As the REF draws closer, there are ongoing debates about how we assess scientists and their merits. Such assessments are critical for hiring and promotion and we are all in agreement that the current system, by which scientists are assessed by the impact factor of the journals they publish in, is not suitable, for reasons outlined by Stephen Curry and picked up again recently by Athene Donald.
Since I’ve been involved quite a bit recently in promotions and hiring, I’ve thought about this a lot. The problem is that we are trying to measure something intangible, and impact factor is the only number we have available – so naturally we use it, even though we all know it’s rubbish.
OK so here’s an alternative idea. It’s totally off the top of my head and thus doubtless deeply flawed but any ideas are better than none, right? And the impact factor discussion, at least in the last few months, has been remarkably devoid of new ideas.
The reason we don’t like impact factors is that we feel they are missing the essence of what makes a good scientist. We all know people who we think are excellent scientists but who, for whatever reason, don’t publish in high impact journals, or don’t publish frequently, or aren’t very highly cited, or whatever. But we trust our judgement because we believe (rightly or wrongly) that our complex minds can assimilate far more information, including factors like how careful is the person in their experiments, how novel are their ideas, how elegant are their experimental designs, how technically challenging their methods etc etc etc – none of which is reflected in the no. or impact factor of their publications.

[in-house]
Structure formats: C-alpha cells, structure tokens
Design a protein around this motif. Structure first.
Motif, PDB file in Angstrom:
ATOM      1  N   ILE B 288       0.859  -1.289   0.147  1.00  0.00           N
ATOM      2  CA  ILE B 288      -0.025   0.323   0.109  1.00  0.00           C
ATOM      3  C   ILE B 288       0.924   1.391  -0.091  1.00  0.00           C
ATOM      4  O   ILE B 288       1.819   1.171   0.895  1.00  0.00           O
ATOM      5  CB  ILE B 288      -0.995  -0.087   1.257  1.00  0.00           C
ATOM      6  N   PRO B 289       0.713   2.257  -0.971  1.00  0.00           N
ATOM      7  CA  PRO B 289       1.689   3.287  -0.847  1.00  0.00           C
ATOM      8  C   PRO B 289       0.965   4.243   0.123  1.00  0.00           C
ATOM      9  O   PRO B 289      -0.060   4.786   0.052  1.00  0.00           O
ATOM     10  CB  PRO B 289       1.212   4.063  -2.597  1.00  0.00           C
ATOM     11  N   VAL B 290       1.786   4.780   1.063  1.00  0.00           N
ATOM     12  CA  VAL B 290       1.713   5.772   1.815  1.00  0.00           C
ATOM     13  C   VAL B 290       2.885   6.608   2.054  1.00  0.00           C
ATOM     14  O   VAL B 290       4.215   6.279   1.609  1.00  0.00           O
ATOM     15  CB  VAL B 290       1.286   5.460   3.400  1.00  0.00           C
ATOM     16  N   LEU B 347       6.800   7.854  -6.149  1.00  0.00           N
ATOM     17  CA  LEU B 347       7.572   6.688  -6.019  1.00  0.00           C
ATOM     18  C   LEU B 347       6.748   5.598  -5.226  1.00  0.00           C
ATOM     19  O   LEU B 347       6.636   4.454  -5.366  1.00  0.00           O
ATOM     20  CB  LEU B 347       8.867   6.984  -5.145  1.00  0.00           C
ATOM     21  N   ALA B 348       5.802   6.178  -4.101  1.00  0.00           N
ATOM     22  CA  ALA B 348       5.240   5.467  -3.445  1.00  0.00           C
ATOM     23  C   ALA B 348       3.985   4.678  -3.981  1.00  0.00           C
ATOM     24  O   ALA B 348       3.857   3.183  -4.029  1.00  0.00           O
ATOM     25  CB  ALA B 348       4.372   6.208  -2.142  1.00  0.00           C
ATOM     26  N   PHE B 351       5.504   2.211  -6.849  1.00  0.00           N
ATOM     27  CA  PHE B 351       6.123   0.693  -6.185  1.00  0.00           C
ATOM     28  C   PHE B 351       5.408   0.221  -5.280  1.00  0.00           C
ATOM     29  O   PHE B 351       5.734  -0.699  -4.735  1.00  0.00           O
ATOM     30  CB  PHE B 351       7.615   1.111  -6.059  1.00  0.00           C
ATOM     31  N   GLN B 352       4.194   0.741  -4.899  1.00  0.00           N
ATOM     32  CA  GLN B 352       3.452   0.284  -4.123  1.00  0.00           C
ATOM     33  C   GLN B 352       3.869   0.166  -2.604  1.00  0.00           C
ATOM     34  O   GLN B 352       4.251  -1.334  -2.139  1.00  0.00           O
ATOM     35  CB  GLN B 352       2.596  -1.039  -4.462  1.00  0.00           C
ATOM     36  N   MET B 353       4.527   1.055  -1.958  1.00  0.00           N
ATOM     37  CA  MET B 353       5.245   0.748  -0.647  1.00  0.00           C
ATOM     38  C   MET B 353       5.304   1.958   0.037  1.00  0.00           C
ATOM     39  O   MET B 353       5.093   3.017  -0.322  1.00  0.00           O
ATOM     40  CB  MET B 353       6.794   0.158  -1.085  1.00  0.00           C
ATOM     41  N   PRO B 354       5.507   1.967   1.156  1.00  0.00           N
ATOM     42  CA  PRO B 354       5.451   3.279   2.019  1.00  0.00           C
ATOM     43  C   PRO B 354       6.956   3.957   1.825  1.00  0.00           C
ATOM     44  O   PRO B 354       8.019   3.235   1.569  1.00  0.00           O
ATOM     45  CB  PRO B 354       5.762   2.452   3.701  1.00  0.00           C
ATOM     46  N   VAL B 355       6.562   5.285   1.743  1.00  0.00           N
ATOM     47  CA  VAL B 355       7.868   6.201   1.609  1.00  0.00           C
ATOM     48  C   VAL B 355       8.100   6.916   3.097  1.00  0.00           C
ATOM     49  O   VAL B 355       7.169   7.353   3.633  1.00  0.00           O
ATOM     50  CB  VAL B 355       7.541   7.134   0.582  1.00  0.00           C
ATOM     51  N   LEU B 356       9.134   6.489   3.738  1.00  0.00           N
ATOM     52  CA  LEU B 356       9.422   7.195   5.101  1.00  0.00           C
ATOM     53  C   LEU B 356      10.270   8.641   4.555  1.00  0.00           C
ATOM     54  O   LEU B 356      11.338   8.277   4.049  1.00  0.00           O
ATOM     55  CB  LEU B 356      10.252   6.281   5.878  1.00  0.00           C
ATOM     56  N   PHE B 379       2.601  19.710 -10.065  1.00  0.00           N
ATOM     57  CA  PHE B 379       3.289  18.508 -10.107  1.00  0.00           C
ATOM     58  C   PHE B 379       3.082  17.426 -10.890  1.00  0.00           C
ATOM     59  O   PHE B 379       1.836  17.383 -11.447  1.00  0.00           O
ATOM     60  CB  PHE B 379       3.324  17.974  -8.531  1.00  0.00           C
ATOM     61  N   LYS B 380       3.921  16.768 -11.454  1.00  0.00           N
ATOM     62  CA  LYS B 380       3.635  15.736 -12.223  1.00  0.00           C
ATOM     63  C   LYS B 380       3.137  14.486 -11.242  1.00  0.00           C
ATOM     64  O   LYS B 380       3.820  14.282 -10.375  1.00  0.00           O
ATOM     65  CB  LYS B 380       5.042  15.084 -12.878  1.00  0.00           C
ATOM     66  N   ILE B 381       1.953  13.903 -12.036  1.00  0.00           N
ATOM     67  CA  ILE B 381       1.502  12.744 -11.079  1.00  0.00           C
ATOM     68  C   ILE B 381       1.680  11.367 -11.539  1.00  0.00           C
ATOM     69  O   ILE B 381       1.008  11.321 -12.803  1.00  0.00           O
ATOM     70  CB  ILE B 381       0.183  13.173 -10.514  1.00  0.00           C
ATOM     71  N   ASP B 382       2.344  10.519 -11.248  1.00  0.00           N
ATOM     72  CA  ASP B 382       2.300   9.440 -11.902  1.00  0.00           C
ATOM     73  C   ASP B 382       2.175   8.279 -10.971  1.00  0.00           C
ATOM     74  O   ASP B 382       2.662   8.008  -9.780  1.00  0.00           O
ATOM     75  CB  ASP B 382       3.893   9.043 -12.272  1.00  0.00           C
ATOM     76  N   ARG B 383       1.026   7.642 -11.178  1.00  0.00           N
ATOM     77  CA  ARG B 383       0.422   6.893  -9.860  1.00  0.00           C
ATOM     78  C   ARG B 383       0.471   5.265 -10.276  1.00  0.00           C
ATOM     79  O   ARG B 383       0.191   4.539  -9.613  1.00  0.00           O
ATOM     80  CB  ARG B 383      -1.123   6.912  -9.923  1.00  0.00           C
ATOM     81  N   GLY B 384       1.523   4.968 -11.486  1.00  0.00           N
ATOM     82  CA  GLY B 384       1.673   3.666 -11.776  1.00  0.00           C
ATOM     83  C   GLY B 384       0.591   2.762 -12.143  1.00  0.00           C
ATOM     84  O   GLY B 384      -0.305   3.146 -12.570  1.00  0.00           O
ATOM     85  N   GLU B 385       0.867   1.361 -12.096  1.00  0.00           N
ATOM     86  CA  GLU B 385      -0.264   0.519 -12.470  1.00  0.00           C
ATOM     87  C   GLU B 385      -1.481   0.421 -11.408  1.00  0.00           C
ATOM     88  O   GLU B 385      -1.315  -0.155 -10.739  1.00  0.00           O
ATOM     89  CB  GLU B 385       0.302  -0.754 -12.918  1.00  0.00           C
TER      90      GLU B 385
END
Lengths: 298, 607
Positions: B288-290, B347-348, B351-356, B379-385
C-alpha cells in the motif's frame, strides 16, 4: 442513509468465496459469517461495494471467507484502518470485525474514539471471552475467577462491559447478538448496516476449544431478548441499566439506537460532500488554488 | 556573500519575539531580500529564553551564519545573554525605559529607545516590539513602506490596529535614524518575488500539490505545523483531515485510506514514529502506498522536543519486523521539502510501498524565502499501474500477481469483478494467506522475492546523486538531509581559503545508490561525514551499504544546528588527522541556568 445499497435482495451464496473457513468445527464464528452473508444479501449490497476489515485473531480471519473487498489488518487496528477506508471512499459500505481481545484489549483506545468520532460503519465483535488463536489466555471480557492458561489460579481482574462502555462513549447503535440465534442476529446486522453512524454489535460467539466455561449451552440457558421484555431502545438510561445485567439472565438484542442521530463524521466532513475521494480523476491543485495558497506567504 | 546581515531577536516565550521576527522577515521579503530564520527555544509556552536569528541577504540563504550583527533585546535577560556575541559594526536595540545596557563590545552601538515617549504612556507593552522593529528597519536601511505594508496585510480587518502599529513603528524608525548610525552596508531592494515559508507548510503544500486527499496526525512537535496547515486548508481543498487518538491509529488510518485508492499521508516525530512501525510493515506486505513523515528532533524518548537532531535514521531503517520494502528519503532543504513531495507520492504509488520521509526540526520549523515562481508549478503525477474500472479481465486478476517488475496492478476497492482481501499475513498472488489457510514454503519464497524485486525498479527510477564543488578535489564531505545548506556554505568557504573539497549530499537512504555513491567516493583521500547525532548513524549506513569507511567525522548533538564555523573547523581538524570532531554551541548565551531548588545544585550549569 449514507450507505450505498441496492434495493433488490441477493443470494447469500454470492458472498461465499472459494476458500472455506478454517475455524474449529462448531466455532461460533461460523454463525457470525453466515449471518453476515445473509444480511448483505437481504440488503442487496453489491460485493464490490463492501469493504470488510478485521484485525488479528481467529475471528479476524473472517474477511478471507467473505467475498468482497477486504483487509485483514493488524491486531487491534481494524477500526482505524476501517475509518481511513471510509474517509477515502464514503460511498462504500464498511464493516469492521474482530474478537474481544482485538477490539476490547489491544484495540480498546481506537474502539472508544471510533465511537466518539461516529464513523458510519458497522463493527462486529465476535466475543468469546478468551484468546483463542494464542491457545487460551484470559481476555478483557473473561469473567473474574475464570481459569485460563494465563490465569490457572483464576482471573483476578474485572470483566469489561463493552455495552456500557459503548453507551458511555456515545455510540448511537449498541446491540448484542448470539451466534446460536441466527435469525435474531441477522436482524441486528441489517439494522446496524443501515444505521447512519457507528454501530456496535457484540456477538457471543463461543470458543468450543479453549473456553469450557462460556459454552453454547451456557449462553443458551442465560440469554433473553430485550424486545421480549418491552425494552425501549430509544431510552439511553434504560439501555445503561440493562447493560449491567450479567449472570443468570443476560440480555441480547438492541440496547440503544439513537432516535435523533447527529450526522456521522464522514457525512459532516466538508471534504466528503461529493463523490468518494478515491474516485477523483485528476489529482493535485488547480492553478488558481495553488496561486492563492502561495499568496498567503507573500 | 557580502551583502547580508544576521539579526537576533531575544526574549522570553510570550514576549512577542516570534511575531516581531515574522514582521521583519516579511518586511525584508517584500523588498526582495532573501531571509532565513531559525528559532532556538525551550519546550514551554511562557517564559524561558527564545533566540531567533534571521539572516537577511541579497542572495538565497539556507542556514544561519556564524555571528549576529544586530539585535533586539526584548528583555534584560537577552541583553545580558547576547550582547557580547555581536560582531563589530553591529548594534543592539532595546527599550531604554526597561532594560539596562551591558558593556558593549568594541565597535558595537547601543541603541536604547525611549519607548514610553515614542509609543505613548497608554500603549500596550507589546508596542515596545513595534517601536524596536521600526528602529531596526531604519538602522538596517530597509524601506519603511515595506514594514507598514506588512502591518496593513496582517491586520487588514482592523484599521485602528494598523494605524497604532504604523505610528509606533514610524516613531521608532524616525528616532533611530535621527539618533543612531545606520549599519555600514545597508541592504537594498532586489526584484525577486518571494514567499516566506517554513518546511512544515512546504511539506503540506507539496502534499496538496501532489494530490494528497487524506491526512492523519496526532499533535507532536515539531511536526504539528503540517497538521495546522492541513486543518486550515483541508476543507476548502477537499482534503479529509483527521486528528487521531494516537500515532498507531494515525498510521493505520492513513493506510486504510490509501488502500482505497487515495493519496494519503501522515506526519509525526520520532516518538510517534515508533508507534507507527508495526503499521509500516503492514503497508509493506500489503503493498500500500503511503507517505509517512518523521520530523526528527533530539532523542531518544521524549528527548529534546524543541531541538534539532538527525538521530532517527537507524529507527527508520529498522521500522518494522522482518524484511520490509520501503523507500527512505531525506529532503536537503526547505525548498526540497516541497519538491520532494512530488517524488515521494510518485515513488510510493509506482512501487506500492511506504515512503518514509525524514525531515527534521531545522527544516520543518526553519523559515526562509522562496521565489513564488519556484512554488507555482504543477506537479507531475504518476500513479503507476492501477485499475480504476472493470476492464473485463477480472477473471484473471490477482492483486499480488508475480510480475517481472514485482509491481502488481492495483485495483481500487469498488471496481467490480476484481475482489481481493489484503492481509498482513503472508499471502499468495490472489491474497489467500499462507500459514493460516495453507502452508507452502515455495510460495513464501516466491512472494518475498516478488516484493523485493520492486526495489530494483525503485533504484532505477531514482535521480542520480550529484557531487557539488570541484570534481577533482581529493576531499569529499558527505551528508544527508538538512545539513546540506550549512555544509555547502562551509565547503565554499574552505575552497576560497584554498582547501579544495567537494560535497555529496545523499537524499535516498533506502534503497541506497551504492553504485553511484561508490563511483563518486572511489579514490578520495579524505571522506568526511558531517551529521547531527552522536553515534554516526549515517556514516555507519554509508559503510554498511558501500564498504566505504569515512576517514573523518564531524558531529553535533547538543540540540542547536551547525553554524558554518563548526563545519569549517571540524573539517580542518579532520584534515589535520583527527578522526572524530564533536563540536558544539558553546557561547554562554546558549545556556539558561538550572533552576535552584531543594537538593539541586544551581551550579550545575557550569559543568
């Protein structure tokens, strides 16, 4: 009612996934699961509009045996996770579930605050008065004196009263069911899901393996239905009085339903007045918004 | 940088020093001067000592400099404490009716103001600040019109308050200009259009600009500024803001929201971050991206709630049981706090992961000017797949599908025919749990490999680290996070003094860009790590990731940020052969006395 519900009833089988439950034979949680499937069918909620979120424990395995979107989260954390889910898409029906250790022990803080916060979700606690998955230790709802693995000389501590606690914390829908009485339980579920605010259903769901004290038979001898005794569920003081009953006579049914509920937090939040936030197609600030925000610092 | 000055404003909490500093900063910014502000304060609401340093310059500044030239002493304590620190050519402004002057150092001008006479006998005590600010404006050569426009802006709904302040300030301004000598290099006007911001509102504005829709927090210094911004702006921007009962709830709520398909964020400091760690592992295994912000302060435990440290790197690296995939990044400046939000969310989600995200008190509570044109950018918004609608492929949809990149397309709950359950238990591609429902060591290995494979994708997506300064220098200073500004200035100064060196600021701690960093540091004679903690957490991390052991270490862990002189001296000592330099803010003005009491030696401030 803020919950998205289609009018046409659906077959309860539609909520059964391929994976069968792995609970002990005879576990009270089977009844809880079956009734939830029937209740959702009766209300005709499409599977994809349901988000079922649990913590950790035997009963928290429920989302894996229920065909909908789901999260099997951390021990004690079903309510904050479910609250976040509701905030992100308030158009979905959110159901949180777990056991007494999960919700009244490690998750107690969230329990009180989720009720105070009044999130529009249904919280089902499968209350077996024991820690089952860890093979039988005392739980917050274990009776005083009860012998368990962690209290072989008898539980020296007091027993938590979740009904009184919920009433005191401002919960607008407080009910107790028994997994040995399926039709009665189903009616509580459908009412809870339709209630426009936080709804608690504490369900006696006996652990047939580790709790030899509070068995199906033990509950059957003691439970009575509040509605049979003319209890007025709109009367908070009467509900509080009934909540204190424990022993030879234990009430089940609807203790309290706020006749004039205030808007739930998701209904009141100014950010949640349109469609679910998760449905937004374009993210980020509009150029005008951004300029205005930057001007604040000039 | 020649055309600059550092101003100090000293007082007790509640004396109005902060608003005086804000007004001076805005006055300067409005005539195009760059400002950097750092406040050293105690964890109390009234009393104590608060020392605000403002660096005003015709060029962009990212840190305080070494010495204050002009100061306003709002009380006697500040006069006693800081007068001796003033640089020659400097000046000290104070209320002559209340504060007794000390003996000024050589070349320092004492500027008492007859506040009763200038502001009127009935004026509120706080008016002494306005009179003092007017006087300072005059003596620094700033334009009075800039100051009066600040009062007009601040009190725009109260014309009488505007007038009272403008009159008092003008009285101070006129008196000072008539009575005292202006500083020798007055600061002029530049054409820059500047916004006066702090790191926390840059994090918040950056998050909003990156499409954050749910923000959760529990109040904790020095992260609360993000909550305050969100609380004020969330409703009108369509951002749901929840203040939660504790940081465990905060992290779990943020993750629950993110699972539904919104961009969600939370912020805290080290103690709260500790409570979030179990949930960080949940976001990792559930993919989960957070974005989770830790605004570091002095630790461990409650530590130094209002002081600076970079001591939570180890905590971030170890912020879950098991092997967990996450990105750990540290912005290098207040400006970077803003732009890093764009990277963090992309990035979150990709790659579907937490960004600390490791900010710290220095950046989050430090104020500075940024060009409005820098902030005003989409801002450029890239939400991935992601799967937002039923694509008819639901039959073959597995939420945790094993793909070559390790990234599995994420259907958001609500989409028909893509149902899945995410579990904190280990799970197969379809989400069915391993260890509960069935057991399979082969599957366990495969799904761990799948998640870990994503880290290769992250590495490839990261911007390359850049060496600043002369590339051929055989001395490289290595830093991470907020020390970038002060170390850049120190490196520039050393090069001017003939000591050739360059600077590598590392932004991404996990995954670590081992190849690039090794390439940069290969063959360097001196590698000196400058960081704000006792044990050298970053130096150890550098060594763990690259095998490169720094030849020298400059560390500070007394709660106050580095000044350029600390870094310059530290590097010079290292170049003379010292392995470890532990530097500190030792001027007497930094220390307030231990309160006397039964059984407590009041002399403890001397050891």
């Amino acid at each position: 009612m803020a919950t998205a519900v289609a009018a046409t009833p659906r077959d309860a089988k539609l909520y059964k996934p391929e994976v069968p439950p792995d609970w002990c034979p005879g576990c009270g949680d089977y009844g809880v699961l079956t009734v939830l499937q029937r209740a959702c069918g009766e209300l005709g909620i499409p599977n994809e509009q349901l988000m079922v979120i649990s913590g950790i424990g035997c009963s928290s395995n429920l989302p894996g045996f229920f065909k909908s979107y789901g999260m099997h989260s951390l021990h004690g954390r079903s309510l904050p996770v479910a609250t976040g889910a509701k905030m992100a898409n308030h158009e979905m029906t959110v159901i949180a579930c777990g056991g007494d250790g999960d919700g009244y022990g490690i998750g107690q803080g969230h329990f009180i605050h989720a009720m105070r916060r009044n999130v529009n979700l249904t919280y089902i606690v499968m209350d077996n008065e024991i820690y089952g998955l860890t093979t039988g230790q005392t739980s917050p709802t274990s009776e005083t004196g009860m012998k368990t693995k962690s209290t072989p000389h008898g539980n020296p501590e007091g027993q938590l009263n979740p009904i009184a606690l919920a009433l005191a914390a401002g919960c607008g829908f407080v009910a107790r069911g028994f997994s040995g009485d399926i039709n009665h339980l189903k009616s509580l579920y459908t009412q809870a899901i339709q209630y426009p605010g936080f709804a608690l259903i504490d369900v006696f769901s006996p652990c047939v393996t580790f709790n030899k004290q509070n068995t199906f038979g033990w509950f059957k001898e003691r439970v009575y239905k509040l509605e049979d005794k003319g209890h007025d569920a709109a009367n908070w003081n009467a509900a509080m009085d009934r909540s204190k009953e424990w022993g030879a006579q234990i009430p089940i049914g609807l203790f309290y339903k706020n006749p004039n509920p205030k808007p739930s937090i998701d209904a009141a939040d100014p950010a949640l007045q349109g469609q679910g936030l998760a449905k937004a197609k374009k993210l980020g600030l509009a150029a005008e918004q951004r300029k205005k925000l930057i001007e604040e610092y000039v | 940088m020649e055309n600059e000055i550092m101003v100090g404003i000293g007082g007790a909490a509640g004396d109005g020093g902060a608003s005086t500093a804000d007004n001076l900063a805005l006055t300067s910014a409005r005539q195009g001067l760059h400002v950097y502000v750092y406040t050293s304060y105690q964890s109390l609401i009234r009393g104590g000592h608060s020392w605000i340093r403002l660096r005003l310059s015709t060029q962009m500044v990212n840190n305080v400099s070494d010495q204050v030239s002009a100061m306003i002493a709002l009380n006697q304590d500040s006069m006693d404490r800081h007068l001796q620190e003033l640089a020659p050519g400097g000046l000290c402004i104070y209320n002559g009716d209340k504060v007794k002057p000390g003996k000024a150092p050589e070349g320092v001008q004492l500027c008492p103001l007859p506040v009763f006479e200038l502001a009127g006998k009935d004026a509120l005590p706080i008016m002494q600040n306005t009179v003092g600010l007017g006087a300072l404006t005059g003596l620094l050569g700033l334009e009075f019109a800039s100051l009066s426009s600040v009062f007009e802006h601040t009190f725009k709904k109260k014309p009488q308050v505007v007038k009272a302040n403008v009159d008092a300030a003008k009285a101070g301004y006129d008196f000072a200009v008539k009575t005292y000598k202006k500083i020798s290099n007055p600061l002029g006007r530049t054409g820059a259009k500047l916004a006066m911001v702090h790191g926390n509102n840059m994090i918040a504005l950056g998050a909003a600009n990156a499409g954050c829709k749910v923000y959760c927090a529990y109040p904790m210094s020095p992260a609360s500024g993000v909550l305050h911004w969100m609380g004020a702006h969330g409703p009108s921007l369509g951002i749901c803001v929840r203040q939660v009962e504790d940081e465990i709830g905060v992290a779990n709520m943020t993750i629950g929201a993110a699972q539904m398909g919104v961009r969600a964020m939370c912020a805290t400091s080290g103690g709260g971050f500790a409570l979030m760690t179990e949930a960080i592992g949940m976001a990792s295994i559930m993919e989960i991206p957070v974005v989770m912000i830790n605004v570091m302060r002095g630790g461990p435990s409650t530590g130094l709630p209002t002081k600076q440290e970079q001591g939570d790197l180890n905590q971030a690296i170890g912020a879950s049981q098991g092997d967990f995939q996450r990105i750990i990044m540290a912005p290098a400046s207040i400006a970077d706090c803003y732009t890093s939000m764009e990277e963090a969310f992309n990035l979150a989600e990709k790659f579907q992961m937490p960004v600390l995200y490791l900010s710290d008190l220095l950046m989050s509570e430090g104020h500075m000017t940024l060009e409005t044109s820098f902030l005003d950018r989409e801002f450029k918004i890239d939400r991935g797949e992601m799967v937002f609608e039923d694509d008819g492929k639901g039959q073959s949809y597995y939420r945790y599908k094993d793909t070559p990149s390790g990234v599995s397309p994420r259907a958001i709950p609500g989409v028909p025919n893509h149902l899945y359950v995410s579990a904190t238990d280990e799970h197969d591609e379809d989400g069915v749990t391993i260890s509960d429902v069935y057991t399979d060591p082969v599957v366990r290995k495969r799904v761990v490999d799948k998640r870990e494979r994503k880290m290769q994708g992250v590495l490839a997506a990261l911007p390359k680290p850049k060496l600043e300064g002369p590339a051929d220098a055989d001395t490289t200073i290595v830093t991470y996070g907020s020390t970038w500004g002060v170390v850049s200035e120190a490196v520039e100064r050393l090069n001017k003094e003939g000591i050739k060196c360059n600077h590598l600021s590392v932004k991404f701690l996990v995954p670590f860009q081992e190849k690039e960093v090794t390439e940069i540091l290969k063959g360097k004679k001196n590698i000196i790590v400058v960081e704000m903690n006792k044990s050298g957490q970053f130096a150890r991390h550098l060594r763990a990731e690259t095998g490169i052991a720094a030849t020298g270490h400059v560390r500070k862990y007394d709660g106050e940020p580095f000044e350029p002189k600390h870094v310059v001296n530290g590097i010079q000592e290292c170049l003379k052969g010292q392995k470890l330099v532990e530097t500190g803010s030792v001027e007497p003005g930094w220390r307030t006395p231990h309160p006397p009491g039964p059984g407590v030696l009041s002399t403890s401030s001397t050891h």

My idea is that we crowdsource this wisdom and engage is a mass rating exercise where scientists simply judge each other based on their own subjective assessment of merit. Let’s say every two years, or every five years, every scientist in the land is sent the name of (say) 30 scientists in a related area, and are simply asked to rank them, in two lists: (1) How good a scientist do you think this person is, and (2) How important is the contribution you think they have made to the field to date. Each scientist is thus ranked 30 times by their peers, and they get a score equal to the sum or average of those 30 ranks. A scientist who made the top of all 30 lists would be truly outstanding, and one who was at the bottom of all 30 probably unemployable. Then institutions could choose to decide where to draw the boundaries for hiring, promotion etc.
This would all be done in confidence, of course. And a scientist’s own rank wouldn’t be released until they had submitted their ranking of the others. It would be relatively low cost in terms of time, and because specialists would be ranking people in a related area, they would be better placed to make judgements than, say, a hiring committee. In a way it is like turning every scientist into a mini REF panel.
Comments on this idea, or indeed better ideas, welcome.